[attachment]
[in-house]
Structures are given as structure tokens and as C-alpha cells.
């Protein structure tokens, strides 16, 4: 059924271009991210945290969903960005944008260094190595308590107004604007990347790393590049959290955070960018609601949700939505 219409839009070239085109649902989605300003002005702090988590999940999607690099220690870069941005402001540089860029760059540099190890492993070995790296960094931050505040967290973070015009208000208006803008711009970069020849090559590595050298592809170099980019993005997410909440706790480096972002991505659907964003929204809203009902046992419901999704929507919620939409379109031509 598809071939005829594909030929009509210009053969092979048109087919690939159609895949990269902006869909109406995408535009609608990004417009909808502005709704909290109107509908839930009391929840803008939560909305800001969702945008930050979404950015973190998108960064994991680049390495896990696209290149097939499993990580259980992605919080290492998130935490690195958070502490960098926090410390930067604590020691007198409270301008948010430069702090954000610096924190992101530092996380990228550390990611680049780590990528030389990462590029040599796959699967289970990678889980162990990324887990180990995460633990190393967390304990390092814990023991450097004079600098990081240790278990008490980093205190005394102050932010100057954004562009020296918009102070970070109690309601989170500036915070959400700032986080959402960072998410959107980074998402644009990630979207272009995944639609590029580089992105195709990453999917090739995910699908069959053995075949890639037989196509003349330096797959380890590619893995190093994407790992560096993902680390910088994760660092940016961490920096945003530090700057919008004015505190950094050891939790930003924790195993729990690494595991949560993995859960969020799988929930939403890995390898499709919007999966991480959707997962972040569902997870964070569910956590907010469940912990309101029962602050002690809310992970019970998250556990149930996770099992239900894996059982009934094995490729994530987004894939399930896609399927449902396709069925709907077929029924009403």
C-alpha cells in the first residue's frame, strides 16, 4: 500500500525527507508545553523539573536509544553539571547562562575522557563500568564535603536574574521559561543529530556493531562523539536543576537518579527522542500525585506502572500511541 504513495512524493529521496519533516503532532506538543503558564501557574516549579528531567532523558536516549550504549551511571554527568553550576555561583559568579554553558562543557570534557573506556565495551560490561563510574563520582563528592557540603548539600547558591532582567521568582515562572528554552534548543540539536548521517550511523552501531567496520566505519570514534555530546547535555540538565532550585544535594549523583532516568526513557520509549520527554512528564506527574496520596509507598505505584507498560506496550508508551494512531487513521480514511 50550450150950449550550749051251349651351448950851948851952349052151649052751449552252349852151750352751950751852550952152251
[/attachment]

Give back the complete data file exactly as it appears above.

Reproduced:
[in-house]
Structures are given as structure tokens and as C-alpha cells.
């Protein structure tokens, strides 16, 4: 059924271009991210945290969903960005944008260094190595308590107004604007990347790393590049959290955070960018609601949700939505 219409839009070239085109649902989605300003002005702090988590999940999607690099220690870069941005402001540089860029760059540099190890492993070995790296960094931050505040967290973070015009208000208006803008711009970069020849090559590595050298592809170099980019993005997410909440706790480096972002991505659907964003929204809203009902046992419901999704929507919620939409379109031509 598809071939005829594909030929009509210009053969092979048109087919690939159609895949990269902006869909109406995408535009609608990004417009909808502005709704909290109107509908839930009391929840803008939560909305800001969702945008930050979404950015973190998108960064994991680049390495896990696209290149097939499993990580259980992605919080290492998130935490690195958070502490960098926090410390930067604590020691007198409270301008948010430069702090954000610096924190992101530092996380990228550390990611680049780590990528030389990462590029040599796959699967289970990678889980162990990324887990180990995460633990190393967390304990390092814990023991450097004079600098990081240790278990008490980093205190005394102050932010100057954004562009020296918009102070970070109690309601989170500036915070959400700032986080959402960072998410959107980074998402644009990630979207272009995944639609590029580089992105195709990453999917090739995910699908069959053995075949890639037989196509003349330096797959380890590619893995190093994407790992560096993902680390910088994760660092940016961490920096945003530090700057919008004015505190950094050891939790930003924790195993729990690494595991949560993995859960969020799988929930939403890995390898499709919007999966991480959707997962972040569902997870964070569910956590907010469940912990309101029962602050002690809310992970019970998250556990149930996770099992239900894996059982009934094995490729994530987004894939399930896609399927449902396709069925709907077929029924009403």
C-alpha cells in the first residue's frame, strides 16, 4: 500500500525527507508545553523539573536509544553539571547562562575522557563500568564535603536574574521559561543529530556493531562523539536543576537518579527522542500525585506502572500511541 504513495512524493529521496519533516503532532506538543503558564501557574516549579528531567532523558536516549550504549551511571554527568553550576555561583559568579554553558562543557570534557573506556565495551560490561563510574563520582563528592557540603548539600547558591532582567521568582515562572528554552534548543540539536548521517550511523552501531567496520566505519570514534555530546547535555540538565532550585544535594549523583532516568526513557520509549520527554512528564506527574496520596509507598505505584507498560506496550508508551494512531487513521480514511 50550450150950449550550749051251349651351448950851948851952349052151649052751449552252349852151750352751950751852550952152251